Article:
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Better Know a Jaguars Coach: Special Teams Coordinator Joe DeCamillis


    Although regularly overlooked by the common fan, special teams consistently has been a hallmark of quality football teams, and can literally make or break a game. DeCamillis has been nothing short of a godsend for the Jags. He started his career at Denver, and moved to coach special teams under his now father-in-law Dan Reeves in NY. Afterwards, he jumped to Atlanta where he presided over a special teams monster for the better part of a decade. This man can flat out coach, and he’s got a reputation for doing so. 

So back to the special teams part. First, when I did a big feature a few years ago on coverage and return units, breaking down all the aspects of special teams that go overlooked, even I was overwhelmed at how much there was to know. And of the six or seven coordinators I talked to, the two who impressed me the most were Harbaugh and Joe DeCamillis, who is now with the Jaguars. Both guys sounded like head coaches. They know how to organize a disparate group of people, put them all together, motivate and establish order in chaos.

 This is from an article about Harbaugh and the Ravens written this year, and DeCamillis had enough of an impact on Ed Edholm that he puts Joe into the same category as the Coach he’s evaluating.  That speaks volumes about Joe’s ability to both communicate and coach. He's another coach who may leave for greener pastures in the future should the opportunity present itself.

 Let’s look at the playoff power rankings from 2006 when the Falcons were in the playoffs and Joe was the special teams coach. His unit was a major part of their campaign that entire season and had been solid for years by that point. 

1.      Falcons — Ranked No. 1 in both punt-return average and coverage. Nobody makes as big of a special teams commitment as special teams coach Joe DeCamillis. It can be the forgotten part of the team, but has been a real key to helping the Falcons to 11 wins.

 Here we see more praise heaped upon a DeCamillis coached group. This guy is a special teams coach , but he gets credit like he’s leading an all star offense. Talk about impact coaching! 

RETURN MAN : Of the five assistants Mora retained, special teams coach Joe DeCamillis was the most important for the new staff. DeCamillis is exceptional at finding flaws in opponents' schemes and formations. Last year's 14.3-yard average return, a team record, was as much due to DeCamillis' design as KR/PR Allen Rossum's effort. 

Here again, we hear about Mora’s pleas to keep him around. He knew his value. Here again there special teams is praised. The whole article is close to two pages, but here’s the best excerpt from the NY Times  piece. All these articles point to the same fact, this guy's a freakin' guru!

The Falcons special teams have become their trump card in the playoffs while special teams have become a ball-and-chain for other teams.

The Falcons led the N.F.L. in punt coverage (4.1 yards) and were sixth in kickoff coverage (19.9). Rossum was second in the N.F.L. in punt return average (12.4).

DeCamillis, a former Giants assistant under Reeves, had offers from numerous teams because he is regarded as one of the top special teams coaches in the N.F.L. The Falcons punt coverage team has allowed only 5.3 yards a return, which leads the N.F.L. in an eight-year span from 1997 to 2004.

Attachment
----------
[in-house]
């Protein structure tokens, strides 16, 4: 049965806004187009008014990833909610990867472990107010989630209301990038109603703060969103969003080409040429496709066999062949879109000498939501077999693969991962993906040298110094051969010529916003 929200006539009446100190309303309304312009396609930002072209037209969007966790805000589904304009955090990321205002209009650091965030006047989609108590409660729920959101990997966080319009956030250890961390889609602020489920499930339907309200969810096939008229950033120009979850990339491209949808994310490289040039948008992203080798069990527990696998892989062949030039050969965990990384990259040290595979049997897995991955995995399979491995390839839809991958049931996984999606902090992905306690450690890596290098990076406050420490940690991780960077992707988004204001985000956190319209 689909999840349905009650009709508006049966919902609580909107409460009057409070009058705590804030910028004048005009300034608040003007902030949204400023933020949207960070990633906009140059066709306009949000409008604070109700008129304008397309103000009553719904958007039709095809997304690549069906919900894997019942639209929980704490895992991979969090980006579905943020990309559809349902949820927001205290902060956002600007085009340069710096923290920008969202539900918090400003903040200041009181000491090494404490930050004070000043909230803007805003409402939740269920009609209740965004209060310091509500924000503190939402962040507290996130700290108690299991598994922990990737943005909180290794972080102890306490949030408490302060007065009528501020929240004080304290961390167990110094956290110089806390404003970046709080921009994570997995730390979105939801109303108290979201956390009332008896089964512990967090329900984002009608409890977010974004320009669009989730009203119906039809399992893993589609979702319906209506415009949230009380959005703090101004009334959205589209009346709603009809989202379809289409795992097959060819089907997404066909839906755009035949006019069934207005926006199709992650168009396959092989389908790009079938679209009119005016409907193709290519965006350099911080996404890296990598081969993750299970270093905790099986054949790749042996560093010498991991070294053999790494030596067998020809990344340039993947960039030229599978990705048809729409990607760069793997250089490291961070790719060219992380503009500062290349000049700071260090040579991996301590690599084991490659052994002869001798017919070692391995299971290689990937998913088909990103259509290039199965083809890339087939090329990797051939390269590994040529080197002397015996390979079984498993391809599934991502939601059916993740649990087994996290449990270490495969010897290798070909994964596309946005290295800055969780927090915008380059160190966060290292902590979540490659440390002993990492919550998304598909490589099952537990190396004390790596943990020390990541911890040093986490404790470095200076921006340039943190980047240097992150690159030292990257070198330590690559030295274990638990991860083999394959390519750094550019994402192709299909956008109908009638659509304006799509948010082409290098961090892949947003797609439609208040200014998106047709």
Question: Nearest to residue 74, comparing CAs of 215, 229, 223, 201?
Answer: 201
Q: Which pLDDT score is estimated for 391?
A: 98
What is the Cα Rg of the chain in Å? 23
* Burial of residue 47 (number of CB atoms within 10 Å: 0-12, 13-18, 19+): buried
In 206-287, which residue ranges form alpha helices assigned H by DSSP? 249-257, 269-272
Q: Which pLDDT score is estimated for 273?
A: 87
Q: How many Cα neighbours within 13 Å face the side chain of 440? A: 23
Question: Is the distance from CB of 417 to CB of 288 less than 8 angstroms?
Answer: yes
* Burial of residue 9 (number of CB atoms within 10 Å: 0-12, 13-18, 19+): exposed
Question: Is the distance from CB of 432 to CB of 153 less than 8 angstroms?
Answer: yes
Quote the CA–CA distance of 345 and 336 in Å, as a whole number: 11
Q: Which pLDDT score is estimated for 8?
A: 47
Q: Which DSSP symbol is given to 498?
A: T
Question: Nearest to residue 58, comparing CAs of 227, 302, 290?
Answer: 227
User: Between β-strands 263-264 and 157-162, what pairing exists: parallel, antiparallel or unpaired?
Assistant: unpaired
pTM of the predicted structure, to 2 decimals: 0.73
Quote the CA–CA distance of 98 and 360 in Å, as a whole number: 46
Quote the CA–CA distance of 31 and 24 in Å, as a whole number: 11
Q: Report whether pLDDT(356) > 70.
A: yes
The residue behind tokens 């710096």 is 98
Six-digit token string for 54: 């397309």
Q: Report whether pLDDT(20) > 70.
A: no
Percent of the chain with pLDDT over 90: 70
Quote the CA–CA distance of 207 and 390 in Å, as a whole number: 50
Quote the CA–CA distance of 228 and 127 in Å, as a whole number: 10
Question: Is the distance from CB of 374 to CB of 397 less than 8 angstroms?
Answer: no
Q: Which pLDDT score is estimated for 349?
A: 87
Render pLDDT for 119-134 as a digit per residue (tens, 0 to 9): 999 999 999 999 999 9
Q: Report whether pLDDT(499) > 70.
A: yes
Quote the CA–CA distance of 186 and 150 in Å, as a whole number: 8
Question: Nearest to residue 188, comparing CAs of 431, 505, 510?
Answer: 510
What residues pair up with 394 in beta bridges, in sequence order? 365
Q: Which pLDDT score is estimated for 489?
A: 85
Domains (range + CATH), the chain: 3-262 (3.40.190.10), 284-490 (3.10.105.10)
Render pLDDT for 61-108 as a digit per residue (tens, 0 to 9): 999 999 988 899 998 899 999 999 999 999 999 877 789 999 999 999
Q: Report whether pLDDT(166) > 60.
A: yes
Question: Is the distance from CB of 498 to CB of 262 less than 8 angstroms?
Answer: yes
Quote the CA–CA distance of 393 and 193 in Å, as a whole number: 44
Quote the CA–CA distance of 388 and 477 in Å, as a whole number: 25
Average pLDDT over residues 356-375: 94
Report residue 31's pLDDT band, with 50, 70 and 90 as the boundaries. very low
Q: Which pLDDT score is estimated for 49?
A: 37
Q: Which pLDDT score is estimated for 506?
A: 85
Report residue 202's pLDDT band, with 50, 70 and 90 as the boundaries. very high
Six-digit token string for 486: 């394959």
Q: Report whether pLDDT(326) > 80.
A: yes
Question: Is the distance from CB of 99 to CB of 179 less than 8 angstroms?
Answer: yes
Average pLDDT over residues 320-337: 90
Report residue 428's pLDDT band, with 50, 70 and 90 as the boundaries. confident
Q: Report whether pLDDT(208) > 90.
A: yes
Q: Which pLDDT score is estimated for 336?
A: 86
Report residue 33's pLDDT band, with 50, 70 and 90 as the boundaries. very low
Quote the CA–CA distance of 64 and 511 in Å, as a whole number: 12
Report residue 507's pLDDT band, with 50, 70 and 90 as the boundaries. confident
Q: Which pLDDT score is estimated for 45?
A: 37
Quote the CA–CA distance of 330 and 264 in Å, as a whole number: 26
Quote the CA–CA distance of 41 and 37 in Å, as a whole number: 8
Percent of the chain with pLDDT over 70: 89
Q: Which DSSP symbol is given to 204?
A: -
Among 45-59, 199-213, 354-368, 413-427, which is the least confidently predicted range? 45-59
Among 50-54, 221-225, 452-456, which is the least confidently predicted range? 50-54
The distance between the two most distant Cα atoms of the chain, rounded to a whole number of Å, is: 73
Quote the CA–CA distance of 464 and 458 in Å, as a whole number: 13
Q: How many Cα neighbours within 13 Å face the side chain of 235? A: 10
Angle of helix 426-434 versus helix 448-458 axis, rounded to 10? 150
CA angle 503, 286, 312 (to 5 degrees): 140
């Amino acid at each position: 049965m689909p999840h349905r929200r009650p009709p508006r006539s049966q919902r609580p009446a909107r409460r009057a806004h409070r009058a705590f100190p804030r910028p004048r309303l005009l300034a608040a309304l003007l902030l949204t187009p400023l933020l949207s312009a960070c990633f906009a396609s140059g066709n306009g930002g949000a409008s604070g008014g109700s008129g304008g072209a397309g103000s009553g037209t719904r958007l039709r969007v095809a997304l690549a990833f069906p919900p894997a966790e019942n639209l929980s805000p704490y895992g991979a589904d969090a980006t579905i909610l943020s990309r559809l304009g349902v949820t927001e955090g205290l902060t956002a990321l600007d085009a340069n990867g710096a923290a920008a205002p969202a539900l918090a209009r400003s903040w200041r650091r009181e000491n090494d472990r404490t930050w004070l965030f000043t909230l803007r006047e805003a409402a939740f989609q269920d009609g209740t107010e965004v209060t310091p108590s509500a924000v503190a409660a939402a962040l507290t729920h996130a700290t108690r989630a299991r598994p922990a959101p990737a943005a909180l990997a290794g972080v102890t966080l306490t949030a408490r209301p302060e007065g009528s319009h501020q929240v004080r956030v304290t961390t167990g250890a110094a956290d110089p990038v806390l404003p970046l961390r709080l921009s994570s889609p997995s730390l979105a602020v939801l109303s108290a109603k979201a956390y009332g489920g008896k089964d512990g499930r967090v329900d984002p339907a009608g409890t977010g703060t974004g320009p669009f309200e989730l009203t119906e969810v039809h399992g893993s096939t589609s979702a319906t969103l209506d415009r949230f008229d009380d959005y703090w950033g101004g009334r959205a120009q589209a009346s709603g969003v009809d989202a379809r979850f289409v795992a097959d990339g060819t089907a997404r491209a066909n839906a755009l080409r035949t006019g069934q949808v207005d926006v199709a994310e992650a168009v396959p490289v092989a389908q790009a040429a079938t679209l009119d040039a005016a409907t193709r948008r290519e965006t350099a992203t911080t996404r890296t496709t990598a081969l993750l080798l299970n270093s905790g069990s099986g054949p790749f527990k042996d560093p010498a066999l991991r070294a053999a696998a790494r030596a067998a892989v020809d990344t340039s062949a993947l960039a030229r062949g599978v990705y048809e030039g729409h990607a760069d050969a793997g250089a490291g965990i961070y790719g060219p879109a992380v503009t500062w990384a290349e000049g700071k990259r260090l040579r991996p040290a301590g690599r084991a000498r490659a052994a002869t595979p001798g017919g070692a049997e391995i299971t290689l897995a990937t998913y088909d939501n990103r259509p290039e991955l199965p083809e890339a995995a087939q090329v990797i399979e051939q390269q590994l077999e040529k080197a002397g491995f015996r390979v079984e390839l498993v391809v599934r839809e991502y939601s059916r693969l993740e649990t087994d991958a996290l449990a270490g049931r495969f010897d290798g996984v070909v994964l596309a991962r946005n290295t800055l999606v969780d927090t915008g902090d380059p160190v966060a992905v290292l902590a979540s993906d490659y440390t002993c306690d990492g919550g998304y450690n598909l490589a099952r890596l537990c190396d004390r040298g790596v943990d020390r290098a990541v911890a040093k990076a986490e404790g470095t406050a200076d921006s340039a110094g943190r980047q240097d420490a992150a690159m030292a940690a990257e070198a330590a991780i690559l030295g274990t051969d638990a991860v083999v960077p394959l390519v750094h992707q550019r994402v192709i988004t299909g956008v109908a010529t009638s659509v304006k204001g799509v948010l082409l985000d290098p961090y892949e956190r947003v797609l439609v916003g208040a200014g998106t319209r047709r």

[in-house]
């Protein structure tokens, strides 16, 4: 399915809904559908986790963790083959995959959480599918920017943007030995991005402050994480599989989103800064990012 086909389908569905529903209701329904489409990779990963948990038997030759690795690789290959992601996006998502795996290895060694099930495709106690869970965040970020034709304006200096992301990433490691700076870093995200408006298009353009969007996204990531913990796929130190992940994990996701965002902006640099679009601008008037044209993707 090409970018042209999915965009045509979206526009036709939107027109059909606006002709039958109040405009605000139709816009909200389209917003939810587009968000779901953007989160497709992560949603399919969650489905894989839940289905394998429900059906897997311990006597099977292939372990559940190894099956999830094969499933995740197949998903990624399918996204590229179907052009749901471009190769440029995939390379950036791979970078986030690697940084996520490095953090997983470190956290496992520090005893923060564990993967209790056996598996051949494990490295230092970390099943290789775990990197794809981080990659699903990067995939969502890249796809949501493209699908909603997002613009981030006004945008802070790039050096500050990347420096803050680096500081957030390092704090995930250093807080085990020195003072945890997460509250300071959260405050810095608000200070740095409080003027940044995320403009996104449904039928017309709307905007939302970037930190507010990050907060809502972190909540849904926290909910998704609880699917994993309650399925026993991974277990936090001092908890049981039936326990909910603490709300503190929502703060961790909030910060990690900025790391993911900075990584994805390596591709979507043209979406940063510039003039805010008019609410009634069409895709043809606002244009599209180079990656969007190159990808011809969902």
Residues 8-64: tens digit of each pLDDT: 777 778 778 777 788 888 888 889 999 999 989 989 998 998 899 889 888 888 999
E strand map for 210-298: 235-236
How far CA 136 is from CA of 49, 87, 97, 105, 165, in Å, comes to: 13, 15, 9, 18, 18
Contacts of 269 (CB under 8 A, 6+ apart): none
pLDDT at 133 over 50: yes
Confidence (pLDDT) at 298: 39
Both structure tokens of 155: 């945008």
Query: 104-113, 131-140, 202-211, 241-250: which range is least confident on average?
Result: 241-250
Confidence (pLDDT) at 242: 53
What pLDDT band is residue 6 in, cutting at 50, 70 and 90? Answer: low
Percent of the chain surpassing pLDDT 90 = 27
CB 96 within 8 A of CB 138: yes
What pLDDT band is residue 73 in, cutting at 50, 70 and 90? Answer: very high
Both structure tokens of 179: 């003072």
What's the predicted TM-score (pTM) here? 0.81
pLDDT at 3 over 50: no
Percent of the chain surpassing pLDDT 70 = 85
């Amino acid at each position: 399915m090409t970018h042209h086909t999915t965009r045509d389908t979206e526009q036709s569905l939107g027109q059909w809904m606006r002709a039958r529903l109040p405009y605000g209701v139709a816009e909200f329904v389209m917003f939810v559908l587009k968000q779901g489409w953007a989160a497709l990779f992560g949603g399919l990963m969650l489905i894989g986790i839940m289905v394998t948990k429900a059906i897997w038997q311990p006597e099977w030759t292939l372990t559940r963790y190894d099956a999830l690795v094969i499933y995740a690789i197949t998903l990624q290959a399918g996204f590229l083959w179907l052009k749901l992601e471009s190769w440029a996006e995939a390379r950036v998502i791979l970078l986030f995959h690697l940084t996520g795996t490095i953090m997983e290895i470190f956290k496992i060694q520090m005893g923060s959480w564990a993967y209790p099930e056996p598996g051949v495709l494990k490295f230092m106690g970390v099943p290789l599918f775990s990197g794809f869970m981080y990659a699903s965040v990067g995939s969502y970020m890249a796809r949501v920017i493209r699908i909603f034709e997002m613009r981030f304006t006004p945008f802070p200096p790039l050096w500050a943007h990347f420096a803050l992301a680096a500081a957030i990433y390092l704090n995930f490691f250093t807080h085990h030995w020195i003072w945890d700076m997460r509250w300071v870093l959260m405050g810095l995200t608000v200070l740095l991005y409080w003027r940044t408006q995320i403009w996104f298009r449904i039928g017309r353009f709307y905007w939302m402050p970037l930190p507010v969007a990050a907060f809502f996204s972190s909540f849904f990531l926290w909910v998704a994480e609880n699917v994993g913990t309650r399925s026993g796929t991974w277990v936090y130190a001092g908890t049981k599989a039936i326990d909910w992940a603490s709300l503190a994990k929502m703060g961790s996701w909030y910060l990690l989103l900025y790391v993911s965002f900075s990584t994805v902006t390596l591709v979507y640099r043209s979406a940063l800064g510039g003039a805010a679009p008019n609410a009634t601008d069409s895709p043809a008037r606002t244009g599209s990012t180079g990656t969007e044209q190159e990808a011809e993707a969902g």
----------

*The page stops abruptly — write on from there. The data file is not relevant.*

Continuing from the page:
There is one more article I dug up from the NY Times from back in 1994 , which is again very positive in its review of the coach. That is one thing I've noticed, no negative pieces on Joe anywhere. All the stories I've seen have been glowing in their overviews of Coach DeCamillis and he seems to have an uncanny ability to dissect and breakdown special teams. Everywhere he's gone, success has followed. The Jags are lucky to have him and he's the reason we don't have to sweat the Titans new KR who runs a 4.24.

...there is no question that DeCamillis's hard work in the off season has paid off. Perhaps no Giants coach has grown as fast as DeCamillis, the youngest coach on the staff at 29.

Who doesn’t remember the onside kick against the Texans during the fist half of our sixth game last season. It turned the whole game around and apparently; the call was all Joe’s. I like to see a coach who's gutsy, and it sure is comforting to know his unit was prepared enough to successfully run the play at the drop of a hat. Preparation is the key to superiority.

Obviously, Del Rio and his special teams coach, Joe DeCamillis saw as much because they decided the time was right to pull a surprise onside kick. Carney executed a run-alongside dribbler on which Carney dropped the moment it had gone 10 yards. There wasn’t a Texan within 10 yards when Carney dropped on the ball.

“We talked about playing to win; being in attack mode. We thought we had a shot to make a play there. ‘Joe D’ called for it and I OKed it,” Del Rio said of the onside kick.

The result of the Coleman reversal and the DeCamillis brainstorm was a two-play turn of events that turned a 6-0 Texans lead into a 10-6 Jaguars lead at halftime.

 Joe will be entering his second season with Jacksonville and we should continue to see improvement in his group. It isn't to much to expect a top 5 special teams unit this year as Joe typically demands more time be spent on them in practice than is commonplace. This work ethic is a large part of his success and it rubs off on his players.

 There were players who said last season that DeCamillis was too rigid and that he didn't have a true feel for the game. Some players thought they spent too much time on special teams in practice. No one is complaining now and many players say they have respect for DeCamillis because, they say, it's evident he worked hard in the off season.



Now, that's how you earn respect.